Oftentimes insurance coverage issues can arise from treatment discrepancies. If documentation is not present to effectively and appropriately support your treatment decisions—be it a specific level of care that a patient needs for continued management or a particular medication that would be of benefit—there is a likelihood that insurance coverage will be challenging.

This can end up translating to patients incurring costs at their own expense due to insurance companies finding that documentation does not align with standards of care policies that indicate an alternative treatment option may suffice.

Dr. Chandramouli: I do not think any of these insurance issues affected patients' trust in their doctor or willingness to seek treatment. It was easy to explain how their insurance company and their contracted third-party pre-authorization company were getting in the way of the patient receiving timely treatment. 

"In fact, many times in my experience, the patient became more of an advocate for themselves by contacting the insurance company directly to complain."

Nitin Chandramouli, MD, FACP

Can you give examples of when insurance discrepancies are most likely to occur?

Dr. Zeglis: Insurance coverage discrepancies for psychiatry tend to be related more toward treatment provisions. Certain medications may not be covered if formulary alternatives have not been trialed first, or certain levels of care may not be covered if a patient has not been documented to have an appropriate severity of their presenting concern.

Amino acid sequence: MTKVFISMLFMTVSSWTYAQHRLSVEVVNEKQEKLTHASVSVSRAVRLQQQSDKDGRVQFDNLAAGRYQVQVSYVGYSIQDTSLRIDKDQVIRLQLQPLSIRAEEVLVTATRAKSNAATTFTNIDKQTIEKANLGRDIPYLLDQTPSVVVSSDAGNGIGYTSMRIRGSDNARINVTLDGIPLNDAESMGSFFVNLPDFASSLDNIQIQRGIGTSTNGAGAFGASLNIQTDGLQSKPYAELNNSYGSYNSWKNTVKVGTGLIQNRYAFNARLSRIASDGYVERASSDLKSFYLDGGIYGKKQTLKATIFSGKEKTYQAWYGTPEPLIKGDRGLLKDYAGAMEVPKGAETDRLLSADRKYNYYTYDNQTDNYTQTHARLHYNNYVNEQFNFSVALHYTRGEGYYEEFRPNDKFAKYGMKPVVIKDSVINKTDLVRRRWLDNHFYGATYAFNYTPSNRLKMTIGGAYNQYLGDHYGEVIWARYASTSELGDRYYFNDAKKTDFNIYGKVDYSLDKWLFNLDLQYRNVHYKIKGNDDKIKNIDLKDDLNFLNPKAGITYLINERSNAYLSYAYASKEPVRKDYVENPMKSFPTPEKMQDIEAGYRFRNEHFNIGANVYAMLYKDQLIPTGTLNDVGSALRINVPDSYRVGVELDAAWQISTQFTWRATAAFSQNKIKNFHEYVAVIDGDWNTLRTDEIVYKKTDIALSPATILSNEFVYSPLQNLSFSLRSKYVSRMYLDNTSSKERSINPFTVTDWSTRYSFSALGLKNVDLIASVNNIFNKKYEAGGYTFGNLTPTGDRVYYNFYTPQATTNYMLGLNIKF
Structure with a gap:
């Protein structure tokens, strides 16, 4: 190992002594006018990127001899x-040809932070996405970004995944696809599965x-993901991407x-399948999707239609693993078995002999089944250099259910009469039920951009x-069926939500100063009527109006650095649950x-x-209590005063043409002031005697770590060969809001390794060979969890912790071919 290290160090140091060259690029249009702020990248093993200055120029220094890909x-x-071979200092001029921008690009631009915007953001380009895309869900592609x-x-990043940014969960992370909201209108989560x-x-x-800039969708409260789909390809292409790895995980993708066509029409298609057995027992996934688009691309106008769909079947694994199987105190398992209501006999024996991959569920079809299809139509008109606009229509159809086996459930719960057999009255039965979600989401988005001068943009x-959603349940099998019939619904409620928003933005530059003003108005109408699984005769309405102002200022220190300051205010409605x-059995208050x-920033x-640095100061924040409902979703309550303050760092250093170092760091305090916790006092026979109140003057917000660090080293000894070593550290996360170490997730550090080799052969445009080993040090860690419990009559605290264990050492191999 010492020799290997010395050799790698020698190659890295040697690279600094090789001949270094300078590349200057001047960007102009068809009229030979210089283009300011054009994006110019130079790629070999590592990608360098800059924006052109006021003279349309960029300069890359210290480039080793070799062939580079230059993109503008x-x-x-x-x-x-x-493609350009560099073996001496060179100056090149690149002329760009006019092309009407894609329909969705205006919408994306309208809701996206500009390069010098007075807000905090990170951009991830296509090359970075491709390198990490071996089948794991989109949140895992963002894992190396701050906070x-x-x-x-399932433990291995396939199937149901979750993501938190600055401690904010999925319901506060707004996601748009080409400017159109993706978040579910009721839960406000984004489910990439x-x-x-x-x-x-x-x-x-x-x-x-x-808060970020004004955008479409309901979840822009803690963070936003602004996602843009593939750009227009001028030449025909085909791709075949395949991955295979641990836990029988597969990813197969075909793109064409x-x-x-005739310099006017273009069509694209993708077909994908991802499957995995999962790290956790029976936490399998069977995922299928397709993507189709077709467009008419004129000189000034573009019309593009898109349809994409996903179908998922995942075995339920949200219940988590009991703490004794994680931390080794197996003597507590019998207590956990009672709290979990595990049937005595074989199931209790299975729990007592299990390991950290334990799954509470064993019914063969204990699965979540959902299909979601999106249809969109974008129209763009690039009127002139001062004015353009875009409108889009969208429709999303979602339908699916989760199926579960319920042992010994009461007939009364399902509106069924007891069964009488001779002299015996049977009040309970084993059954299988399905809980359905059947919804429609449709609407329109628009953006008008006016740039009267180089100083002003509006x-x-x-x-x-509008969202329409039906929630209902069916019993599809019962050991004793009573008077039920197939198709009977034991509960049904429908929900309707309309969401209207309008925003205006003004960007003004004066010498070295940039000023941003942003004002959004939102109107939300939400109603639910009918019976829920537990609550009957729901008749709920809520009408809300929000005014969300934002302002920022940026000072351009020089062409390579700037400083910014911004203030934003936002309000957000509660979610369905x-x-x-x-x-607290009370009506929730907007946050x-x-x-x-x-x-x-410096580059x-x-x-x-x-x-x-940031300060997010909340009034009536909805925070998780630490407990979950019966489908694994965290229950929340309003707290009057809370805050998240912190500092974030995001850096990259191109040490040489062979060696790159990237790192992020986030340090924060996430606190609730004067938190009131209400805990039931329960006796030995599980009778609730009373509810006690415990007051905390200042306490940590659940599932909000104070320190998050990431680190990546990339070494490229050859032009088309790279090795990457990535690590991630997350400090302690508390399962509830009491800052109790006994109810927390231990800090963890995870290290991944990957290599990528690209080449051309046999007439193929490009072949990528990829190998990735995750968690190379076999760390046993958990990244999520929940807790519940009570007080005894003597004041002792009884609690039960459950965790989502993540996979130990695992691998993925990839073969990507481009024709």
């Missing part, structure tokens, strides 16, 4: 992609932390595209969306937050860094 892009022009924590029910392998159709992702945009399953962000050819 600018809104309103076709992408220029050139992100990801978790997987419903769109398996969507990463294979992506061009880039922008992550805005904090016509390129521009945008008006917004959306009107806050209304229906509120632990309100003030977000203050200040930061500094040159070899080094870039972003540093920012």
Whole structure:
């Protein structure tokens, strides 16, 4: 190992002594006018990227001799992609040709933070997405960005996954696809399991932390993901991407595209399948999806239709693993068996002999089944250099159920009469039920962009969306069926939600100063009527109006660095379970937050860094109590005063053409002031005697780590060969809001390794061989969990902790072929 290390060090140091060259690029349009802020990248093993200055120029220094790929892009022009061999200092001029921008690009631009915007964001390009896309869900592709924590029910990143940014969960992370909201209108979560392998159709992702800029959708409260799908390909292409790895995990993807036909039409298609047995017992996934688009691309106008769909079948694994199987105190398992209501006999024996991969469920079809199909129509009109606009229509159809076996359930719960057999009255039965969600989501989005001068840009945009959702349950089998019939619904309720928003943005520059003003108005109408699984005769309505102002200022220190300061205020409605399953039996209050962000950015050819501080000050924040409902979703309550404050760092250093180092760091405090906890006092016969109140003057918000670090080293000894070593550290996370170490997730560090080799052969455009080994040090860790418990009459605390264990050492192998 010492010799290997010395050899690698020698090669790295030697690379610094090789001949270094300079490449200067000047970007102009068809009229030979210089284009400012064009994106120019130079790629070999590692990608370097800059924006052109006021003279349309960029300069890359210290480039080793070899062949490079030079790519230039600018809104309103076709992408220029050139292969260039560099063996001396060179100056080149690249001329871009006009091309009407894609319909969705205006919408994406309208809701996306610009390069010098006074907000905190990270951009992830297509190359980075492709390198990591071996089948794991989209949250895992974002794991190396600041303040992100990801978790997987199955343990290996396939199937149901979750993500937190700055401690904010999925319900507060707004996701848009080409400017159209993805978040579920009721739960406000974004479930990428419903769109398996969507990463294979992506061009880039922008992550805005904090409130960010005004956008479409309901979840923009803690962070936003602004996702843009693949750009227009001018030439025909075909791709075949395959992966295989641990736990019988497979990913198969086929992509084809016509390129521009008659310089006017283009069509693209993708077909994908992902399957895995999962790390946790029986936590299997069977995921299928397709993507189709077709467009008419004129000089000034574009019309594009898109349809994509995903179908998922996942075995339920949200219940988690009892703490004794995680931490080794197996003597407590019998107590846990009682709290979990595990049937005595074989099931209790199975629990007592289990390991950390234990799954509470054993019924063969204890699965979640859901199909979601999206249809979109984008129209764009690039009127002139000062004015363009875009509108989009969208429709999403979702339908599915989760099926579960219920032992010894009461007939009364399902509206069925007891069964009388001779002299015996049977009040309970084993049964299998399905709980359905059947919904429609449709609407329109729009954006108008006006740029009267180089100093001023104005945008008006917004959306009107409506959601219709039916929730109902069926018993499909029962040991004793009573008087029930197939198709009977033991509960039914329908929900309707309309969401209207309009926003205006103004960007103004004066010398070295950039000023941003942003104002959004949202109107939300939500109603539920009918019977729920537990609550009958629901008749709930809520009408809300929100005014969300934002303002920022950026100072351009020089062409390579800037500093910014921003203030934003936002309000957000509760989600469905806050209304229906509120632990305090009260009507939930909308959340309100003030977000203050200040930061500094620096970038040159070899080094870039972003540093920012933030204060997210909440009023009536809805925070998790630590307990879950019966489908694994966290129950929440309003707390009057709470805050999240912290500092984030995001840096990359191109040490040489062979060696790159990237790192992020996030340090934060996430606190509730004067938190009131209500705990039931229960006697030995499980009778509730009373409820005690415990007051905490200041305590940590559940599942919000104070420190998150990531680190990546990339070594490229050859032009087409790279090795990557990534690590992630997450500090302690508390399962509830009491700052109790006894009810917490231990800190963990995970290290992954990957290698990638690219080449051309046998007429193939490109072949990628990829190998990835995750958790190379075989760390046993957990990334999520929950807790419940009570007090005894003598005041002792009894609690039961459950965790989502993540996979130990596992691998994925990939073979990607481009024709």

Dr. Chandramouli: Many insurance companies use third-party vendors (AIM, Evicore, etc.) for pre-authorizations, and they all use an online entry system that is supposed to automate the process of pre-authorization. Multiple times, our practice has had to raise concerns and complaints that their system doesn't work.

Initially, they would presume that it was simply a ‘user error’ on our part despite explaining multiple times their online entry system was not working. It finally took a demonstration to show them what was wrong with their system. (These problems can still crop up now and then). This, of course, delayed obtaining pre-authorization in a timely manner and forced the rescheduling of patients' treatment start dates.

"When these third-party companies started doing the pre-authorizations, patient care suffered."

Nitin Chandramouli, MD, FACP